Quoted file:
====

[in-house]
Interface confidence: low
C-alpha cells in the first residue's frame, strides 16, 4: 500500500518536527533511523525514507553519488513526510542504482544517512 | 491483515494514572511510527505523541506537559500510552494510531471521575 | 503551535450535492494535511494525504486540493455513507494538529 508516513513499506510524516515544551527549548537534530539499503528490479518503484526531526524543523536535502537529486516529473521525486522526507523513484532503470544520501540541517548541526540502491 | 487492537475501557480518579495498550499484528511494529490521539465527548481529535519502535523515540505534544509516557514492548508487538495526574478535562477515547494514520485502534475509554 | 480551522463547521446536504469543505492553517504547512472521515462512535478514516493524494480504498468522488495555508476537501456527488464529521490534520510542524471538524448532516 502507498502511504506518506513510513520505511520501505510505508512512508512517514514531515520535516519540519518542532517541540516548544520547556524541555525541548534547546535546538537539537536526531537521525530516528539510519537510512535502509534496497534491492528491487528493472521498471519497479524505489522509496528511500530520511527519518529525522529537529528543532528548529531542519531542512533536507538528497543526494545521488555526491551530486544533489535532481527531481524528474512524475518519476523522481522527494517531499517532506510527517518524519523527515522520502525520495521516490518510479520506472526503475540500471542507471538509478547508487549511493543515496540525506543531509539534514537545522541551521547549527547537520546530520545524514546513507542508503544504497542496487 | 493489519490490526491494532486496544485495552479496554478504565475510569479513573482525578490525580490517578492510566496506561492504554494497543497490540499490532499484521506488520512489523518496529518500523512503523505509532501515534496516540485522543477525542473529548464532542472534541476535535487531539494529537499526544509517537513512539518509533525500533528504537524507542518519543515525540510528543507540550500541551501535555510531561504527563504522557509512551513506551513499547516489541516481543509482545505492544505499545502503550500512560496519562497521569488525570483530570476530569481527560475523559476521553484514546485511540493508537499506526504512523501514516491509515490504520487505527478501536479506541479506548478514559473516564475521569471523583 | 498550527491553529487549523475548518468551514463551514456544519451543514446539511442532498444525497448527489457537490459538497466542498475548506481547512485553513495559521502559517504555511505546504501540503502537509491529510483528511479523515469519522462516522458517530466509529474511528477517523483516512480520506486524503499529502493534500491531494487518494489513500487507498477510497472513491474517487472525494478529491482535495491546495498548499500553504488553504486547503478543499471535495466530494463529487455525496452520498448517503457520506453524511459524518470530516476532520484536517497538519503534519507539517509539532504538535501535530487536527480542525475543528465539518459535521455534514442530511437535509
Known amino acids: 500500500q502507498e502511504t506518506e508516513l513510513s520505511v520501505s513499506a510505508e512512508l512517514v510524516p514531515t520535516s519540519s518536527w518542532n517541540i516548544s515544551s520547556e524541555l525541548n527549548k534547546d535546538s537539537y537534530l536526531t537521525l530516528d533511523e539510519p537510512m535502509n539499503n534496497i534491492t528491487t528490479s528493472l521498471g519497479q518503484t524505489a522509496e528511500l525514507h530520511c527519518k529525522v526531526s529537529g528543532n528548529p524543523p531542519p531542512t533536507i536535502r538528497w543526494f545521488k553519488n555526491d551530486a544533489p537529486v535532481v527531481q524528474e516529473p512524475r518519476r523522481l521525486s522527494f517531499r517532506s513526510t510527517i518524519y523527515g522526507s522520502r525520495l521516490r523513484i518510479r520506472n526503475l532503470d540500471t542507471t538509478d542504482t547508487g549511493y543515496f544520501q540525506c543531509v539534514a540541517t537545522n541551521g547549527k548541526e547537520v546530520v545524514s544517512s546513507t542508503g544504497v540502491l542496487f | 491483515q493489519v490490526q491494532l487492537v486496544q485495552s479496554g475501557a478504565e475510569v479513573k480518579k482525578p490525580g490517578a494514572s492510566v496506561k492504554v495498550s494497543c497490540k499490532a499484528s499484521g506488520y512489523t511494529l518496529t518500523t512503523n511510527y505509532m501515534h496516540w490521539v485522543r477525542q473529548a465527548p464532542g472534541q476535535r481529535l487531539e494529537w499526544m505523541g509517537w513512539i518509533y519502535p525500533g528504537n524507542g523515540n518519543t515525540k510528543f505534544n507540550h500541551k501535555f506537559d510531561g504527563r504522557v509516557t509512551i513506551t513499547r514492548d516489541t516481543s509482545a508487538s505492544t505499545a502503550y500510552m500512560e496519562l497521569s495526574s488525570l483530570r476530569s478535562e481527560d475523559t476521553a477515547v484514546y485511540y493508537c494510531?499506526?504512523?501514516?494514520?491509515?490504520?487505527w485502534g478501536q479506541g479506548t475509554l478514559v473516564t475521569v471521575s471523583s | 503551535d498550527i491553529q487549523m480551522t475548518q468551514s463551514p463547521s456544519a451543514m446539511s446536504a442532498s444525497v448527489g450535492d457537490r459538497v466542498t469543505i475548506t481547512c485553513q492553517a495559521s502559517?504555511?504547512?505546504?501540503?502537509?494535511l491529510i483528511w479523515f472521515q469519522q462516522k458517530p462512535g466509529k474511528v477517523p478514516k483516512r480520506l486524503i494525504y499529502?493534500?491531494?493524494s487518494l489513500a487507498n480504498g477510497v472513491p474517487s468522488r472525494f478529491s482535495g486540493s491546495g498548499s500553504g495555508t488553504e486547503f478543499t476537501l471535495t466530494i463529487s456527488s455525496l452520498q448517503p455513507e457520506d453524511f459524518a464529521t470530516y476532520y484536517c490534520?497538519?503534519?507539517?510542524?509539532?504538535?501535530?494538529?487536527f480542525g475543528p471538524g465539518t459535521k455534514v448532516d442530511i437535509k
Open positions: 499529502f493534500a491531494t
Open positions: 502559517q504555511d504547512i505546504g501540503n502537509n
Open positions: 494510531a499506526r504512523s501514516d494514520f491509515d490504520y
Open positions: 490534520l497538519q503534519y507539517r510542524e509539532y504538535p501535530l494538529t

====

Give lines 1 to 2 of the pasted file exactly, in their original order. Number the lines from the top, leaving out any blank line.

[in-house]
Interface confidence: low